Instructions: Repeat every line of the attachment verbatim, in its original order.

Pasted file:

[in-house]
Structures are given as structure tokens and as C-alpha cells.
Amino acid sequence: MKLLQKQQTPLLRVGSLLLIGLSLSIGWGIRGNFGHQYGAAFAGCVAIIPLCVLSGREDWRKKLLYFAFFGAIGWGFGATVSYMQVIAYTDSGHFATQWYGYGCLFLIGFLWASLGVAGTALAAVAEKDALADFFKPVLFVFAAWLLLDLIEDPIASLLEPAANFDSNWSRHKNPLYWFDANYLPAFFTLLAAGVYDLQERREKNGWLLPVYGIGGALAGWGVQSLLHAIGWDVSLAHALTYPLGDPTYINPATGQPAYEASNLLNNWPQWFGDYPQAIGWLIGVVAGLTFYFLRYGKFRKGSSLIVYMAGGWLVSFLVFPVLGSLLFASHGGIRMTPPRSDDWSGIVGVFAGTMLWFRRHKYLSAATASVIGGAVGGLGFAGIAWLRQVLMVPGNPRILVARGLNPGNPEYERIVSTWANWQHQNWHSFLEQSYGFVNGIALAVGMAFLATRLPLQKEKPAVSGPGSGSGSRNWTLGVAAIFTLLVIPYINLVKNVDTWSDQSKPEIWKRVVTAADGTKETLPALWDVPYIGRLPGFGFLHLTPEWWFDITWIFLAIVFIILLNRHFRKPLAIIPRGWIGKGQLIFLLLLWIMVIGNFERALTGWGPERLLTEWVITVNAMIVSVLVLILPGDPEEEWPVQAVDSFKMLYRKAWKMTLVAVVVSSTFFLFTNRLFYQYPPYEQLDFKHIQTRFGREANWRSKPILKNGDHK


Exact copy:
[in-house]
Structures are given as structure tokens and as C-alpha cells.
Amino acid sequence: MKLLQKQQTPLLRVGSLLLIGLSLSIGWGIRGNFGHQYGAAFAGCVAIIPLCVLSGREDWRKKLLYFAFFGAIGWGFGATVSYMQVIAYTDSGHFATQWYGYGCLFLIGFLWASLGVAGTALAAVAEKDALADFFKPVLFVFAAWLLLDLIEDPIASLLEPAANFDSNWSRHKNPLYWFDANYLPAFFTLLAAGVYDLQERREKNGWLLPVYGIGGALAGWGVQSLLHAIGWDVSLAHALTYPLGDPTYINPATGQPAYEASNLLNNWPQWFGDYPQAIGWLIGVVAGLTFYFLRYGKFRKGSSLIVYMAGGWLVSFLVFPVLGSLLFASHGGIRMTPPRSDDWSGIVGVFAGTMLWFRRHKYLSAATASVIGGAVGGLGFAGIAWLRQVLMVPGNPRILVARGLNPGNPEYERIVSTWANWQHQNWHSFLEQSYGFVNGIALAVGMAFLATRLPLQKEKPAVSGPGSGSGSRNWTLGVAAIFTLLVIPYINLVKNVDTWSDQSKPEIWKRVVTAADGTKETLPALWDVPYIGRLPGFGFLHLTPEWWFDITWIFLAIVFIILLNRHFRKPLAIIPRGWIGKGQLIFLLLLWIMVIGNFERALTGWGPERLLTEWVITVNAMIVSVLVLILPGDPEEEWPVQAVDSFKMLYRKAWKMTLVAVVVSSTFFLFTNRLFYQYPPYEQLDFKHIQTRFGREANWRSKPILKNGDHK